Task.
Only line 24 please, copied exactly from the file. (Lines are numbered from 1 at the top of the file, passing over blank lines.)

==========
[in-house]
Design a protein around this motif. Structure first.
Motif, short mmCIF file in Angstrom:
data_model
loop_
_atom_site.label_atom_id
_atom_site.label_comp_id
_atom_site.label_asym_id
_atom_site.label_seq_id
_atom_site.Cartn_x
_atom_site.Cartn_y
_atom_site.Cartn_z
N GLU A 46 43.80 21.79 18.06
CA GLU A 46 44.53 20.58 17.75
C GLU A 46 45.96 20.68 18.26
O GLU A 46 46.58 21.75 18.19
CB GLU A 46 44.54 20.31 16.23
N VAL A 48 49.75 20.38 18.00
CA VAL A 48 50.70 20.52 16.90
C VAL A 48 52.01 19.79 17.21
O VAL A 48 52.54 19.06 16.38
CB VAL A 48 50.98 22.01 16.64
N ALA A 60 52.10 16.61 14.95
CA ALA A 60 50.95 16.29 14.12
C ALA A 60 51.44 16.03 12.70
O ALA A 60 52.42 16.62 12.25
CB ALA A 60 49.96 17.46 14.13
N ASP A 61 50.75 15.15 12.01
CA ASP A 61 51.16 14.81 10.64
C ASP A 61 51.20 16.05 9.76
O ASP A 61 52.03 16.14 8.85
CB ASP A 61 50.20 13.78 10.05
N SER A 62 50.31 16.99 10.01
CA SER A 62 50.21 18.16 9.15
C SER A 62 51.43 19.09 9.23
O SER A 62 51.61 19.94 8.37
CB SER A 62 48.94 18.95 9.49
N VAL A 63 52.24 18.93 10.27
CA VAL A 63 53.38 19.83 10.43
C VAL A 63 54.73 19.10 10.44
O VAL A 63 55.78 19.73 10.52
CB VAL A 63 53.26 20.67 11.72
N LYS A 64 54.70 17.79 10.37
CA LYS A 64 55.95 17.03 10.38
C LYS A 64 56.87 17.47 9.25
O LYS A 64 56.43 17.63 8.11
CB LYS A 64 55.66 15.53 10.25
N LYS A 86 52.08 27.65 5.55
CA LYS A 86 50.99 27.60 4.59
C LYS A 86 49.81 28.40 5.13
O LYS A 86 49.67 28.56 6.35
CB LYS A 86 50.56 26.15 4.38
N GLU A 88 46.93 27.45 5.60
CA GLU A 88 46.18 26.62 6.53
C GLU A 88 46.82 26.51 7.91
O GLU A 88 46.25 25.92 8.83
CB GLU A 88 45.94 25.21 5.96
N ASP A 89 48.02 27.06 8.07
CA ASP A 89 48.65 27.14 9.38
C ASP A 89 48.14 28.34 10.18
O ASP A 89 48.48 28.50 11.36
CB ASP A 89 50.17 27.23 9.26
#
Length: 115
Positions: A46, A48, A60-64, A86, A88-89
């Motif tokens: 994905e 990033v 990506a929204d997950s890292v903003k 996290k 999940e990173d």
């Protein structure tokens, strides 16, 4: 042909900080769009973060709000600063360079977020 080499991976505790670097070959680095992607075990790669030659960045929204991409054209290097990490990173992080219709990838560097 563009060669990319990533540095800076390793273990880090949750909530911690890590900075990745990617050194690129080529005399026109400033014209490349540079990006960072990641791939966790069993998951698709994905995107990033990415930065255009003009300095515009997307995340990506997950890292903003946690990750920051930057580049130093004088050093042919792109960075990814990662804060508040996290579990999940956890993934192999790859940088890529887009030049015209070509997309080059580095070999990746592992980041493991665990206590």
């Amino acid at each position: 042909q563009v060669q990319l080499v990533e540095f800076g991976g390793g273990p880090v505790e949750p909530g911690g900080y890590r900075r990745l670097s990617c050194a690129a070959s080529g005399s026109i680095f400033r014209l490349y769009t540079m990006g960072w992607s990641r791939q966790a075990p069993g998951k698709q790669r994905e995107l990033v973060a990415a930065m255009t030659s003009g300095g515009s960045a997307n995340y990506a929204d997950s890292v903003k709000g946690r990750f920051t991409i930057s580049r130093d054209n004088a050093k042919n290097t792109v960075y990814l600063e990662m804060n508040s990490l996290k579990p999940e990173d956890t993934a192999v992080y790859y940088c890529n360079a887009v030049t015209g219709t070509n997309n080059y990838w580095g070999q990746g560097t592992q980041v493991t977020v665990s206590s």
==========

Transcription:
CA ALA A 60 50.95 16.29 14.12